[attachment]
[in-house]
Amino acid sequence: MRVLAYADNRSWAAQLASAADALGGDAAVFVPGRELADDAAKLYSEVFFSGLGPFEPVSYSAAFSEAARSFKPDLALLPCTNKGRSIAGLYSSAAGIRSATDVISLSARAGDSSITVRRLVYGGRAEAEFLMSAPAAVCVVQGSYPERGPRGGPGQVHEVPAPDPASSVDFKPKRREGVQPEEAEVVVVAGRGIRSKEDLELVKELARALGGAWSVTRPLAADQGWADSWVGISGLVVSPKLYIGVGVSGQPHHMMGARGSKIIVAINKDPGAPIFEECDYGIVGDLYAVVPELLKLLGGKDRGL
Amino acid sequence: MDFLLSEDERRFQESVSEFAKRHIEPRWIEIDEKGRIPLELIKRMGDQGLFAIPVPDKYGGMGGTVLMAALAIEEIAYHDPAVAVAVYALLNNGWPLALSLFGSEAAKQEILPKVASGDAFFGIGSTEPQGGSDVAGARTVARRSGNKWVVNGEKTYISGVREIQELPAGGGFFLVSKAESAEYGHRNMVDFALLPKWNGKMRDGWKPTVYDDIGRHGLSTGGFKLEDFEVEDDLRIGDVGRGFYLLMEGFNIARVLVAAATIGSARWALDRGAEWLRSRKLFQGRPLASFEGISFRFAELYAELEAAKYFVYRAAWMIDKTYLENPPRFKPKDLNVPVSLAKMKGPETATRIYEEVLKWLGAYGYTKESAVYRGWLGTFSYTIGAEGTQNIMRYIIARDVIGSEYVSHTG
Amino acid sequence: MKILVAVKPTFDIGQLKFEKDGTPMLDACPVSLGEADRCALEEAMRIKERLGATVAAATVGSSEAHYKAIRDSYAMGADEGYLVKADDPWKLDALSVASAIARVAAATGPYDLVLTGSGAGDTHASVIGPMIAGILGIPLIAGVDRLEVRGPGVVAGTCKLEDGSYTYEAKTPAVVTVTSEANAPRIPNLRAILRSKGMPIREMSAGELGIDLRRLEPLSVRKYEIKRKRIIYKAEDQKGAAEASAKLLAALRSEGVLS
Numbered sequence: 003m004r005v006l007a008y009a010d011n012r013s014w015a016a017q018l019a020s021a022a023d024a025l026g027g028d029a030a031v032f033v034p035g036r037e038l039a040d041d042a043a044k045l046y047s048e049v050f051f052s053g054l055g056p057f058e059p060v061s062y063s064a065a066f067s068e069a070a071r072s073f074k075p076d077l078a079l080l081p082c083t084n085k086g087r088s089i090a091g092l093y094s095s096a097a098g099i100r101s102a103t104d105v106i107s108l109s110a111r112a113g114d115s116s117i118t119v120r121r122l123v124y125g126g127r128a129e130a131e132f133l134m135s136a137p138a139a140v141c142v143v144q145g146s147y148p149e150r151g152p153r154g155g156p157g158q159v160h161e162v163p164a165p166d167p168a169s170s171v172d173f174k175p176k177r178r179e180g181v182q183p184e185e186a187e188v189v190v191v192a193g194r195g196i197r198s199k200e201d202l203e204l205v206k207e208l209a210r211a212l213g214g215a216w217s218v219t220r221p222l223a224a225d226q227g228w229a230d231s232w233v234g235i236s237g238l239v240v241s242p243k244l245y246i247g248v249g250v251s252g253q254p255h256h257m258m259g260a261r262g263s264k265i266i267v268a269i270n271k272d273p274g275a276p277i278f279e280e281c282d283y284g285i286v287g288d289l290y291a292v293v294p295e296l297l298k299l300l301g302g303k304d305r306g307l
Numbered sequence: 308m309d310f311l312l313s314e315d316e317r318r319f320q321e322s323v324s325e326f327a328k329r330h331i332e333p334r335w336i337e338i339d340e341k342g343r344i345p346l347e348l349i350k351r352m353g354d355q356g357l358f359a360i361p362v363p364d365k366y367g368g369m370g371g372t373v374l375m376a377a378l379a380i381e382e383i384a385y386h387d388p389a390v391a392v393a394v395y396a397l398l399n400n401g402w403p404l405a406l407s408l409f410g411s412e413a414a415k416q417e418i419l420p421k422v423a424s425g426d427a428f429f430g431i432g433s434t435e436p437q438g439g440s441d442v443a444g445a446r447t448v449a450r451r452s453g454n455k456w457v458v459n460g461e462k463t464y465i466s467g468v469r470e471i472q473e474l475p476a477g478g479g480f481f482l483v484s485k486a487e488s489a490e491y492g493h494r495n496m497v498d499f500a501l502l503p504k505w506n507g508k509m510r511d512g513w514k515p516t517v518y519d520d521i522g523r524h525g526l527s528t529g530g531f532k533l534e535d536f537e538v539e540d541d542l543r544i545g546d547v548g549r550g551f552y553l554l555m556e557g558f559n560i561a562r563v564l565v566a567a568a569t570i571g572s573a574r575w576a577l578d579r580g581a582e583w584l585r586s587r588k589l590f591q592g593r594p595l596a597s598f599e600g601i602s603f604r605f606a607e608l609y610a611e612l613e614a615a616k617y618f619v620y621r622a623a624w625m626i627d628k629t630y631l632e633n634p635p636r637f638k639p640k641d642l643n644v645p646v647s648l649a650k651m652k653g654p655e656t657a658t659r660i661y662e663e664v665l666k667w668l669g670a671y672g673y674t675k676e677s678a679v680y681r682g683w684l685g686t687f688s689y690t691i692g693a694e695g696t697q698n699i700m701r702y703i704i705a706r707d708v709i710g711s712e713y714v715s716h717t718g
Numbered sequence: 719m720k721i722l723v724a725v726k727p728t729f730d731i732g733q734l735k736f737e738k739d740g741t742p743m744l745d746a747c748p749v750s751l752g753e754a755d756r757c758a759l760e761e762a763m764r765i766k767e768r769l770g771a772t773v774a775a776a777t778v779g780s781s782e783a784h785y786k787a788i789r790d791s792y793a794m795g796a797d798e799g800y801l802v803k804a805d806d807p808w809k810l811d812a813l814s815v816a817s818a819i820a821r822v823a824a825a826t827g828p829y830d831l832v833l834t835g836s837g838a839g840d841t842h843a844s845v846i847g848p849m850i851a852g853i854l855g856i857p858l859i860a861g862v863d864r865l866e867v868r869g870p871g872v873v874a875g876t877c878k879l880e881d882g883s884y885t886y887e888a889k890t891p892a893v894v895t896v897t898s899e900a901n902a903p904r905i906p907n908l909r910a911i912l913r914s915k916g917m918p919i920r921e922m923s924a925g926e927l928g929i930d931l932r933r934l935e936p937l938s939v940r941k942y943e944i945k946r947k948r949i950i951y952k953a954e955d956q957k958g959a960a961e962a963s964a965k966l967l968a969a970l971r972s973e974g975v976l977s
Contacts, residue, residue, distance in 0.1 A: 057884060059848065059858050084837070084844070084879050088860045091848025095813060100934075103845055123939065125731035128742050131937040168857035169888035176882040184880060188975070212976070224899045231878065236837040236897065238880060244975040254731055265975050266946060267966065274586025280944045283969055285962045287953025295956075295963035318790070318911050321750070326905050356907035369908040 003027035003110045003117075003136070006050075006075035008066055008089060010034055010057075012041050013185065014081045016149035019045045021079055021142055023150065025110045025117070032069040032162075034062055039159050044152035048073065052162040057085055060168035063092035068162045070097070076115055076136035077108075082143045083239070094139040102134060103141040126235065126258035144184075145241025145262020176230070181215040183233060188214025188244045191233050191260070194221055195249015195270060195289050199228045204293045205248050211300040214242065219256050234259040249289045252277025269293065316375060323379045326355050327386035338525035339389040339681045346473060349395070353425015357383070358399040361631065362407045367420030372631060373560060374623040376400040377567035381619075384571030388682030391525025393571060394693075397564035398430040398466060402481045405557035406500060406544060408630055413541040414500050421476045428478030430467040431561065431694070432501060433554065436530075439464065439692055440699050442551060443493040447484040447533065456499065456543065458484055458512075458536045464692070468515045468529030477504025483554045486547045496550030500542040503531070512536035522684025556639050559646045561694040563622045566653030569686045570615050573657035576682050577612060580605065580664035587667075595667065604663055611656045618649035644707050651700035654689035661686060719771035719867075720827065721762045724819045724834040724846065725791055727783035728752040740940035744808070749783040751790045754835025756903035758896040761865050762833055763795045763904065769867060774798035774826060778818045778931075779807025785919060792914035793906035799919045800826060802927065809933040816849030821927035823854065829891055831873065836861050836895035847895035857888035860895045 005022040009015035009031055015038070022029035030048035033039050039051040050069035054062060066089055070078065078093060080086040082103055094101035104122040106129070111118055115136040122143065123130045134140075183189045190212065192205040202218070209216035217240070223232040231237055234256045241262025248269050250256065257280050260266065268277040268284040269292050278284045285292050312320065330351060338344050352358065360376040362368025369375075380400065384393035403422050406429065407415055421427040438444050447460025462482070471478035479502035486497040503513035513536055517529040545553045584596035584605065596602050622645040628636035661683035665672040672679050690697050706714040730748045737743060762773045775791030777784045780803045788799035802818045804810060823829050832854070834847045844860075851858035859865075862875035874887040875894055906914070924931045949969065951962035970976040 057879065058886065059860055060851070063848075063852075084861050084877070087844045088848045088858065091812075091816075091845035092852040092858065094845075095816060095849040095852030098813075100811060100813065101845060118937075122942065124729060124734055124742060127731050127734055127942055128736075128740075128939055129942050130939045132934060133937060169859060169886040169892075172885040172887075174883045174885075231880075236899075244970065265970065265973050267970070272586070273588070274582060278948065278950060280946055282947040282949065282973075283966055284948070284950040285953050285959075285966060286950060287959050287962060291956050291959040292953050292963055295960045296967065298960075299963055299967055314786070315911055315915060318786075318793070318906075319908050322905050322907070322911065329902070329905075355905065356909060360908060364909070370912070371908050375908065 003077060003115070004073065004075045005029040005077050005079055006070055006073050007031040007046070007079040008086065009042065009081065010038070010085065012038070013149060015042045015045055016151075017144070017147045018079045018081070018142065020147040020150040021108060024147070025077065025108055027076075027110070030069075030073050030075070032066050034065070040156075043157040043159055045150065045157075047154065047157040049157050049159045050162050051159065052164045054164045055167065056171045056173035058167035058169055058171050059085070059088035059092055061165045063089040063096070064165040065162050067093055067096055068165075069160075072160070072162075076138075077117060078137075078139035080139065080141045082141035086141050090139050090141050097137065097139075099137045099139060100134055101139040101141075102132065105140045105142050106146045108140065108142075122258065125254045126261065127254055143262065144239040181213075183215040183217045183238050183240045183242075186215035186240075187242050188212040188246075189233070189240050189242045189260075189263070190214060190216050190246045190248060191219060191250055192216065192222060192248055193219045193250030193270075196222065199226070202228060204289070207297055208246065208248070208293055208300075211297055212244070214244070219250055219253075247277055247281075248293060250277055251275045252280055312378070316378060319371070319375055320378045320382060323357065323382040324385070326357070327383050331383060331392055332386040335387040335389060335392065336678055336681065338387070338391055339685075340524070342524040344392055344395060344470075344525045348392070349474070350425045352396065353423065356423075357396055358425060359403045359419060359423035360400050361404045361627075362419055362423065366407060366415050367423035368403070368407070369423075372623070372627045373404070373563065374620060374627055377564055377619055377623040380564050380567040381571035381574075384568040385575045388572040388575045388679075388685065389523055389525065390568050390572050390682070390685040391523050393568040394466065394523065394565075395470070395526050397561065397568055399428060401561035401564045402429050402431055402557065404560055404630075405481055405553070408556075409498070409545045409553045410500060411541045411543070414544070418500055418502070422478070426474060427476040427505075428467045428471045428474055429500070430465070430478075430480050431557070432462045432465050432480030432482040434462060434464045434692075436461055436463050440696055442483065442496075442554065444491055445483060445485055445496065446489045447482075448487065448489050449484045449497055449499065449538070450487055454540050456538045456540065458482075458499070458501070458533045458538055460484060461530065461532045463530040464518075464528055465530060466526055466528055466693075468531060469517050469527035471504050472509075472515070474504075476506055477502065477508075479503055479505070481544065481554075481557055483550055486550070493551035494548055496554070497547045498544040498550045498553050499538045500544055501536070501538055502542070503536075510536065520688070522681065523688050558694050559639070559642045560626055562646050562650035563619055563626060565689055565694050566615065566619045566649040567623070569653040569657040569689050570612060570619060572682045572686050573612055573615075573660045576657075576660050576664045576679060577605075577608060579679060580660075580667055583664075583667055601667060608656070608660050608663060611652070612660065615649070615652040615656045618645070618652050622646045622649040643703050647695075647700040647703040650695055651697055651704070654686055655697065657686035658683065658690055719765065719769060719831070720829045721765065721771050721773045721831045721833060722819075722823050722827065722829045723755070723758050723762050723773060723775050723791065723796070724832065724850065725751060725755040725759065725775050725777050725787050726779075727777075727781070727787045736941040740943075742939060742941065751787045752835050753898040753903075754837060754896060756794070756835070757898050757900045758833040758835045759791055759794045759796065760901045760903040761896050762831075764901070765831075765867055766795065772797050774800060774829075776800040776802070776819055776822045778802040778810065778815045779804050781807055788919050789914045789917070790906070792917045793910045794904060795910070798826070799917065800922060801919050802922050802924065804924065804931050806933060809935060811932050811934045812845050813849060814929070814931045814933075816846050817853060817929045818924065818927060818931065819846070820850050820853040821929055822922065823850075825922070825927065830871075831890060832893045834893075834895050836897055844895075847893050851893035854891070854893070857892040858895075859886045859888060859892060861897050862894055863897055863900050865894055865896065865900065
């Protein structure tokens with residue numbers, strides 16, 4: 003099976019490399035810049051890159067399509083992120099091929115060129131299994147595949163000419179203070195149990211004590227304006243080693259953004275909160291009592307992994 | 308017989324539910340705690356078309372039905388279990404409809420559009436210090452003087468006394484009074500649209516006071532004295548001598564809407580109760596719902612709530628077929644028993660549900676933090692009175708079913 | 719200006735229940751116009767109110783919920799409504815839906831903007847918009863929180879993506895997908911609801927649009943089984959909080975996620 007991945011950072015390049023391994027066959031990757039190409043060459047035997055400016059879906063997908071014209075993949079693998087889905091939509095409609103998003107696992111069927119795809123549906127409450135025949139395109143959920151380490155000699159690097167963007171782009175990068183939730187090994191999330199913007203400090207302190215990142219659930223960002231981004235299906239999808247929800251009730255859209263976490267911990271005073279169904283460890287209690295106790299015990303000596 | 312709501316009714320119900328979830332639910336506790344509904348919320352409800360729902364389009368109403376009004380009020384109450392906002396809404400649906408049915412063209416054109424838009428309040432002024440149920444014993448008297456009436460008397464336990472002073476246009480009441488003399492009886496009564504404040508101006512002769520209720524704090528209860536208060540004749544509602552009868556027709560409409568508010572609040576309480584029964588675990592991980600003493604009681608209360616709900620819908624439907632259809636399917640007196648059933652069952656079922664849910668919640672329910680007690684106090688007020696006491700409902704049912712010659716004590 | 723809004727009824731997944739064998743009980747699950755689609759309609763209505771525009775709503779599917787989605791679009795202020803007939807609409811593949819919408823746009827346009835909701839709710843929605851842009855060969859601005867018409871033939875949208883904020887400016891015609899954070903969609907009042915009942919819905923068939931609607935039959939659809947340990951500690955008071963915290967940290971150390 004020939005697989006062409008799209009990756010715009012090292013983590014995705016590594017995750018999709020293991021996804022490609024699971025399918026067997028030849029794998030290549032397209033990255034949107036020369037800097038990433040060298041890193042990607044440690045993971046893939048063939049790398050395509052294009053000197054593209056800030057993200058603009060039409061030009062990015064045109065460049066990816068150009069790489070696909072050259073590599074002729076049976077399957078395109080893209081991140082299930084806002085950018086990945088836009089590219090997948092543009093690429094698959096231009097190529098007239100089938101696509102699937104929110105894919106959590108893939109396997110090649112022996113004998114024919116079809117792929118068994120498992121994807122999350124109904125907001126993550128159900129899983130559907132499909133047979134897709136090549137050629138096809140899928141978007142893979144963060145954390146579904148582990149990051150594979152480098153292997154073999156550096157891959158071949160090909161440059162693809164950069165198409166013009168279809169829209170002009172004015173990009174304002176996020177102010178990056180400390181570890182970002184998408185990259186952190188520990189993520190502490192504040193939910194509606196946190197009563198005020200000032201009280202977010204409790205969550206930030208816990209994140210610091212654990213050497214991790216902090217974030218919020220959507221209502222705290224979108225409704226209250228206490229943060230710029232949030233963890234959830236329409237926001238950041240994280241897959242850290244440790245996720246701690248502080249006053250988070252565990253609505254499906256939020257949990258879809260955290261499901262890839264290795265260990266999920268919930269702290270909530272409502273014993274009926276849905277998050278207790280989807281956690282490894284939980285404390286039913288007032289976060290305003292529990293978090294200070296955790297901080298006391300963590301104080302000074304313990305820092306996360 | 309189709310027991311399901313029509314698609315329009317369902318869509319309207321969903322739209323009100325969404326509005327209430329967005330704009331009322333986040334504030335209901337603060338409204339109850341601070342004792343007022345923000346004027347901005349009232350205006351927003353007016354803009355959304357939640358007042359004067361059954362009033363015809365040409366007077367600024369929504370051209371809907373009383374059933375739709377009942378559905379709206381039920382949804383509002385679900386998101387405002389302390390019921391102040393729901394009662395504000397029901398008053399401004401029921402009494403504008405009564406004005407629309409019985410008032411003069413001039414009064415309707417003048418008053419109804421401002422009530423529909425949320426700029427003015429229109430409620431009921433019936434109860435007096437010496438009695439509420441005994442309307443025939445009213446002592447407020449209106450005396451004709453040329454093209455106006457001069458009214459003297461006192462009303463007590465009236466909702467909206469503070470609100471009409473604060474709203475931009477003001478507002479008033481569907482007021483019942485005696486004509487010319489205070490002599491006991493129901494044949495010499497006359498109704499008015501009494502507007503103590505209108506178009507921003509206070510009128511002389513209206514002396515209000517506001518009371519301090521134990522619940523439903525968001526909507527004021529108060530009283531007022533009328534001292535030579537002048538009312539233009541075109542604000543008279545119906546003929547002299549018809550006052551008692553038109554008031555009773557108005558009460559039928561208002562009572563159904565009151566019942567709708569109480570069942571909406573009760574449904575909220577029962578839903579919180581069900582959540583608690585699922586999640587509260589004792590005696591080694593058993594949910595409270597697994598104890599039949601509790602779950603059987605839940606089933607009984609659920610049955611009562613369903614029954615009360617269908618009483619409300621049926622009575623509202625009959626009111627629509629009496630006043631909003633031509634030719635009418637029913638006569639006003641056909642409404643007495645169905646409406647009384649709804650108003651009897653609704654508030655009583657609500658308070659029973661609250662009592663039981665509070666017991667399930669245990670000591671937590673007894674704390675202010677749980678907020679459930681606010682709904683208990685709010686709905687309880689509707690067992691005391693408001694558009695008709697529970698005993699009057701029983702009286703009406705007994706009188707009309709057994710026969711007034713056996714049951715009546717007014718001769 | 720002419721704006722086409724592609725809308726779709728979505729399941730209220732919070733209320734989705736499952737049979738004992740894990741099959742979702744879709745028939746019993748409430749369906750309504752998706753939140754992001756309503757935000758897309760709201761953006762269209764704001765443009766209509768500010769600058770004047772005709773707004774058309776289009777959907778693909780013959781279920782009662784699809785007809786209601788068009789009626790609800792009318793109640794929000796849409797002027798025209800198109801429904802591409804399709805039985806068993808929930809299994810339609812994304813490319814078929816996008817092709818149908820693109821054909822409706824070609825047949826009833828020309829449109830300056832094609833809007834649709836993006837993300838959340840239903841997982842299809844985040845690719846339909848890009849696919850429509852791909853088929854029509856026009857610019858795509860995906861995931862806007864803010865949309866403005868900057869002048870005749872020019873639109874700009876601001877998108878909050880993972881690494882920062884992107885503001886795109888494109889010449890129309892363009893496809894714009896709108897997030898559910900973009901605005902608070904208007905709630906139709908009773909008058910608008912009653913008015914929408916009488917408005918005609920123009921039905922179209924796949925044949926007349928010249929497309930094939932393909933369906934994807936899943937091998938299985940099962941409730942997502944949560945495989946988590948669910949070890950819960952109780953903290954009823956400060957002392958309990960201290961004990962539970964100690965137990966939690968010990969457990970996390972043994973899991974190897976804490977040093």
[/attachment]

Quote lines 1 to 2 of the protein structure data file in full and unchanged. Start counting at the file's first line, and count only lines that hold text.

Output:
[in-house]
Amino acid sequence: MRVLAYADNRSWAAQLASAADALGGDAAVFVPGRELADDAAKLYSEVFFSGLGPFEPVSYSAAFSEAARSFKPDLALLPCTNKGRSIAGLYSSAAGIRSATDVISLSARAGDSSITVRRLVYGGRAEAEFLMSAPAAVCVVQGSYPERGPRGGPGQVHEVPAPDPASSVDFKPKRREGVQPEEAEVVVVAGRGIRSKEDLELVKELARALGGAWSVTRPLAADQGWADSWVGISGLVVSPKLYIGVGVSGQPHHMMGARGSKIIVAINKDPGAPIFEECDYGIVGDLYAVVPELLKLLGGKDRGL